5. How do you envision the public transit system evolution?
I will work hard to achieve a more robust public transit system in Edmonton. In my vision posted on my website I have responded to this question directly: I value publicly funded and operated transit, well integrated transit stations, and a wide variety of transit options. I believe we can improve our air quality, lessen traffic congestion, and foster independence for seniors and people of all ages and abilities by building streets to accommodate personal vehicles as well as pedestrians, cyclists, busses, streetcars and the LRT.
6. What will you do to better engage post-secondary research / students / faculty with the rest of the community?
Some of the most actively engaged residents I know are post-secondary researchers, students and faculty. I have seen them engage in a wide variety of activities that are connected to the community off-campus. I have marched with them to advocate for sexual and gender minority rights, I have fundraised with them for AIDS orphans in Zambia, I have learned from them about political advocacy, I have studied with them and grown in my understanding of humanity and the world in which we live. However, there is always room for improvement and I believe that post-secondary researchers, students and faculty could be encouraged to make more of their knowledge public by communicating in a wide variety of ways (not just through academic journals). For example, after completing my Master’s thesis on foreign involvement in community run schools in Zambia, I tried to share what I had learned through public speaking opportunities and with volunteers in my Management role for the Racecourse Community School Fundraising Initiative. City Council could promote innovative ideas like ‘Living Libraries’ to help post-secondary researchers, students and faculty connect better with the city as a whole.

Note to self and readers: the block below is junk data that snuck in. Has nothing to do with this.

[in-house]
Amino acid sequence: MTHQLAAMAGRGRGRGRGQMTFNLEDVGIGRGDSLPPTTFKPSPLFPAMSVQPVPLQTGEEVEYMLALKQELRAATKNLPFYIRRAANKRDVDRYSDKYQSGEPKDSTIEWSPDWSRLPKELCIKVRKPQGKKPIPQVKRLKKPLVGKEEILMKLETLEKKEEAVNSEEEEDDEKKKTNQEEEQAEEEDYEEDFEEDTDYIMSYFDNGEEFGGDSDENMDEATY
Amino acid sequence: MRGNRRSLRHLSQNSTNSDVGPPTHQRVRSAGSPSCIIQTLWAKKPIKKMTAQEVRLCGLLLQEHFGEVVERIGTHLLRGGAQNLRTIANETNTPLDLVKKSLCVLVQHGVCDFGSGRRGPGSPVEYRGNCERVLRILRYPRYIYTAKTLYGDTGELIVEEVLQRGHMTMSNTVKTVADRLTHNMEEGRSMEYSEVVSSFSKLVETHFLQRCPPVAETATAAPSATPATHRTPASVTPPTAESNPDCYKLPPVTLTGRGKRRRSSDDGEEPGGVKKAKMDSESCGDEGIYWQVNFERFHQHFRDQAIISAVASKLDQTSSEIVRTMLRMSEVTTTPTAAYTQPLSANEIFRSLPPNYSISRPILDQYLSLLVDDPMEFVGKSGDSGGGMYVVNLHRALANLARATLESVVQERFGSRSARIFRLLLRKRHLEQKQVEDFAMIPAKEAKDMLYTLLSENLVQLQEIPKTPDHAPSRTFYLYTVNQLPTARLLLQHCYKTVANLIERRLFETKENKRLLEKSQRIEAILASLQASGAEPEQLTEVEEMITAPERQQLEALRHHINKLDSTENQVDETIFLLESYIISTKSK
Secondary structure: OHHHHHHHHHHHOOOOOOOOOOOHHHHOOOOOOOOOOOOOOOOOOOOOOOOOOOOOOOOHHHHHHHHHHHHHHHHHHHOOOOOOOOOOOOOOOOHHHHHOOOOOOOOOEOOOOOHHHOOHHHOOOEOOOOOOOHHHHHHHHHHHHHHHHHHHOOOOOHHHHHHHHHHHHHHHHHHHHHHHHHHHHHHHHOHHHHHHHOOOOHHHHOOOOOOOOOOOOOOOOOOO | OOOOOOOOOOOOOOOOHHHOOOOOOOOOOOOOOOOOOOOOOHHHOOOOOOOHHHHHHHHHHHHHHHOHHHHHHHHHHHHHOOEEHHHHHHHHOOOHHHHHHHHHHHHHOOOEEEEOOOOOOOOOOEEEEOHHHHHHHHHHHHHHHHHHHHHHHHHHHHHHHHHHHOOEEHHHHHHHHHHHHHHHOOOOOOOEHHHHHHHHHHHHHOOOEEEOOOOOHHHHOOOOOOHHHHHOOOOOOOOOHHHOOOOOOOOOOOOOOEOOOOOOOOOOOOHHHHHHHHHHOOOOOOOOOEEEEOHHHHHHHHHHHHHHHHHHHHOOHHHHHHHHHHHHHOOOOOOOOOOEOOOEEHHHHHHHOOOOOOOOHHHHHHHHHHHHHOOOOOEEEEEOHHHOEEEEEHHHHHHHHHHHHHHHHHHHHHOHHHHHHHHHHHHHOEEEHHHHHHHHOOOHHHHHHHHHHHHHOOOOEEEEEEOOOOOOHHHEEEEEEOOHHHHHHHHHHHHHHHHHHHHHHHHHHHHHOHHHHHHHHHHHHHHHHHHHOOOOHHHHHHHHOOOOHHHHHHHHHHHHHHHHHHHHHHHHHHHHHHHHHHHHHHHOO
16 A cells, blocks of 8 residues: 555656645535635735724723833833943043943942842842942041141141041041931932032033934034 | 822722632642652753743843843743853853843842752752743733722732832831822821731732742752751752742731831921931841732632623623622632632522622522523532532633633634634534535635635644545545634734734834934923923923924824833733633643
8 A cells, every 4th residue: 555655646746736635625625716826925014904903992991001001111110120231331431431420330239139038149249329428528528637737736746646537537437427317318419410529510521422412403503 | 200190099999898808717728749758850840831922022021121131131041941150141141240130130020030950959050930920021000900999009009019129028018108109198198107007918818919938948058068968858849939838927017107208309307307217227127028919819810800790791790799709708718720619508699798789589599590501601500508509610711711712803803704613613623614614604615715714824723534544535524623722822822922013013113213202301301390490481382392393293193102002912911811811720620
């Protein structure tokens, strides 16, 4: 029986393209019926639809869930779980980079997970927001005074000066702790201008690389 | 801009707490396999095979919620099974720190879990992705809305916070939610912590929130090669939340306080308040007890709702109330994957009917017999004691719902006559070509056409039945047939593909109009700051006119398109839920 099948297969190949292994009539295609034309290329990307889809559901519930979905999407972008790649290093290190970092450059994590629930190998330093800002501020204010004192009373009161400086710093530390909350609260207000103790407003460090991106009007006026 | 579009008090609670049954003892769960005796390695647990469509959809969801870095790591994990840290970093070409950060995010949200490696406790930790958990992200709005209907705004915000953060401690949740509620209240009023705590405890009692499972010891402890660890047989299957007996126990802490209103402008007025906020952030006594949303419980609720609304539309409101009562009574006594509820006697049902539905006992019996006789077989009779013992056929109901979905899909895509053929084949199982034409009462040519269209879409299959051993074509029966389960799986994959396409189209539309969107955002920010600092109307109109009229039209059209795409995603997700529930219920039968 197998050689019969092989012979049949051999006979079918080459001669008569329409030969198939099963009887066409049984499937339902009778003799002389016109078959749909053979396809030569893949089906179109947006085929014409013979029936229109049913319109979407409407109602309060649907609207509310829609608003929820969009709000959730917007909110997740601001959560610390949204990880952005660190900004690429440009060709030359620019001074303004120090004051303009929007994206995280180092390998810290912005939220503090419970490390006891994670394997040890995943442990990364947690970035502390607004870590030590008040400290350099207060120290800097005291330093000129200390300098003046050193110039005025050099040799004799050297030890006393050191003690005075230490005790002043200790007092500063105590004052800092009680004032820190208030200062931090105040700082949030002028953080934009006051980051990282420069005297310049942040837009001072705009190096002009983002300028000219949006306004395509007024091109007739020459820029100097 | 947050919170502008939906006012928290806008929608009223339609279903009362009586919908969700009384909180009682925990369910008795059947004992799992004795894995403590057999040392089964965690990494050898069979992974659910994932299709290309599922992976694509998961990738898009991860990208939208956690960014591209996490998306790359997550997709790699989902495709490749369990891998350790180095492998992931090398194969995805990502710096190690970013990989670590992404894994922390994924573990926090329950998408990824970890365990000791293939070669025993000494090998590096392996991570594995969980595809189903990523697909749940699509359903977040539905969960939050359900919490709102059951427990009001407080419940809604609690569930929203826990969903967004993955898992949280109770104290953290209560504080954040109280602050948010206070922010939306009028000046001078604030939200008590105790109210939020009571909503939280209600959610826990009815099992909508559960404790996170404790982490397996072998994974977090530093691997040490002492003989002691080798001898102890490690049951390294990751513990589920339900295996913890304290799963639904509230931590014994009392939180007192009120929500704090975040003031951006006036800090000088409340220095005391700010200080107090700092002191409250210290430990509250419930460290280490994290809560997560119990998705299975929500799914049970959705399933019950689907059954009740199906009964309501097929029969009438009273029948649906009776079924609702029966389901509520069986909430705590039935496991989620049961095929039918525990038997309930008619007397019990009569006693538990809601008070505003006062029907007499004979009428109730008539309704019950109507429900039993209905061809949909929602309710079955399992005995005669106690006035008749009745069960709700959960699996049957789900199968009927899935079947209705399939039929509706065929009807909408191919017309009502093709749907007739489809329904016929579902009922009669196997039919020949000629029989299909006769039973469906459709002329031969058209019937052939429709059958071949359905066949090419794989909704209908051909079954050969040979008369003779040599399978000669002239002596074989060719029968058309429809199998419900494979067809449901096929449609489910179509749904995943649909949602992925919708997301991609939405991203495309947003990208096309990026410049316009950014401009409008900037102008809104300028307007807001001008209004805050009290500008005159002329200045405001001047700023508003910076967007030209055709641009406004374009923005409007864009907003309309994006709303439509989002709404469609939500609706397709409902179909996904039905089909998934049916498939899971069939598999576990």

7. What is the biggest challenge your Ward faces? What solutions would you seek?
I believe that Councillors excel when they are responsive to the ideas and concerns of their constituents. Ward 6 is a very diverse community as a whole, which presents both a challenge and an opportunity in attempting to be responsive to the needs of our neighbours. I believe that diversity is key to building healthy communities and in order to achieve this within Ward 6 neighbourhoods, we will need to tailor our solutions to the challenges each neighbourhood is facing. For example, in Glenora, we need more affordable housing for seniors, in Oliver and Downtown, we need more child-friendly housing, in Riverdale and Rossdale, we need more services and businesses, in Boyle and McCauley we need more stability. This is just to name a few of the unique challenges that neighbourhoods within Ward 6 are facing. I have heard these concerns at the doorsteps and I will work hard to promote and enhance the various initiatives that have already begun to address many of these challenges. I also will take a leadership role to initiate action to support a diverse array of needs and increase diversity whenever it would benefit the residents and communities in Ward 6.
8. How can our readers learn more about your platform, contact you with questions or concerns, or get involved in your campaign?
Office: Westmount Fitness Club, 12840 109 Ave (Launch Aug 24th)
Office Hours: Wednesdays 3-5:30pm, beginning Aug 28
D’electable dinner fundraiser on September 28th featuring Elm Café food – details found at www.heathermackenzie.org
There is a lot of information on my website including my entire vision statement, my bio, campaign videos, endorsements, and sign up forms for volunteering/lawn sign requests but I am always happy to correspond by e-mail or phone as well.
Respectfully submitted by,